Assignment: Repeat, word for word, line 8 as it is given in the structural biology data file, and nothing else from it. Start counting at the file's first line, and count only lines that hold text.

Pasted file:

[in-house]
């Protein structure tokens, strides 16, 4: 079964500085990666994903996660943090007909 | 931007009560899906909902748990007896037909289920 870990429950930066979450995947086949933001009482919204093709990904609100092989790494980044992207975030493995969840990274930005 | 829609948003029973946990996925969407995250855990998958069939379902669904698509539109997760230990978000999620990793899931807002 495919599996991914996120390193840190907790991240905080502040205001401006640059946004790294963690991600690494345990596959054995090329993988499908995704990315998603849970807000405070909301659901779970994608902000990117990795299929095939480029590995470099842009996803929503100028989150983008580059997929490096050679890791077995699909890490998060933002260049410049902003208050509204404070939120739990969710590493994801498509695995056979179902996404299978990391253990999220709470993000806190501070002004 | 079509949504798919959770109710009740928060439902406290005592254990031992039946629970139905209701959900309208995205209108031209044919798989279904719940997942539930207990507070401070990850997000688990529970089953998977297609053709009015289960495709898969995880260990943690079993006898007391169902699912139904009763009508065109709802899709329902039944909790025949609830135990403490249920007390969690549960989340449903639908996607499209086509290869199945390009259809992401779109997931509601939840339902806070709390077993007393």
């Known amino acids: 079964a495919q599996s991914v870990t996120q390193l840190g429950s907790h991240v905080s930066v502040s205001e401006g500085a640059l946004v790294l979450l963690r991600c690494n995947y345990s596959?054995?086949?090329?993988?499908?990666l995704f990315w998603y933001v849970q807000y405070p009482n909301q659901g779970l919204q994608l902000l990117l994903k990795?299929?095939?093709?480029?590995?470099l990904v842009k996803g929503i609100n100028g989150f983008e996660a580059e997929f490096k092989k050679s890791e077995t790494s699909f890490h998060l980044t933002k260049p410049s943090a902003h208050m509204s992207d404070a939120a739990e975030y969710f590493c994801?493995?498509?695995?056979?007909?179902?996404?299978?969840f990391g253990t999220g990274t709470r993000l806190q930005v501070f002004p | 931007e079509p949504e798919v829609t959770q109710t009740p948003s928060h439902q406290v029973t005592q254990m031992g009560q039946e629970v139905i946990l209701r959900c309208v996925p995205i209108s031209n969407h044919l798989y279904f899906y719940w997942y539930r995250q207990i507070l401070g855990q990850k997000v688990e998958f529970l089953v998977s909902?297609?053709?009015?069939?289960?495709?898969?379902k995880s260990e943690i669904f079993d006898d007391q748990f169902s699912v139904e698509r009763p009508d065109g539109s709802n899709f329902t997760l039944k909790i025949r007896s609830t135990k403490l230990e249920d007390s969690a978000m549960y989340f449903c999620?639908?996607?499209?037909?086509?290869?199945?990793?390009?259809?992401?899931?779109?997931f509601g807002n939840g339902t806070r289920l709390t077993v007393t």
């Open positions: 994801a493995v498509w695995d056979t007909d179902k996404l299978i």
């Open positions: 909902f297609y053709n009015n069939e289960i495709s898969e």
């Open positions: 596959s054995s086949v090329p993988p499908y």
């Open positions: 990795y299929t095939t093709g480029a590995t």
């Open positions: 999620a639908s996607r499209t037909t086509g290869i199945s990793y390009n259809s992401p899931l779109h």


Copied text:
């Open positions: 999620a639908s996607r499209t037909t086509g290869i199945s990793y390009n259809s992401p899931l779109h």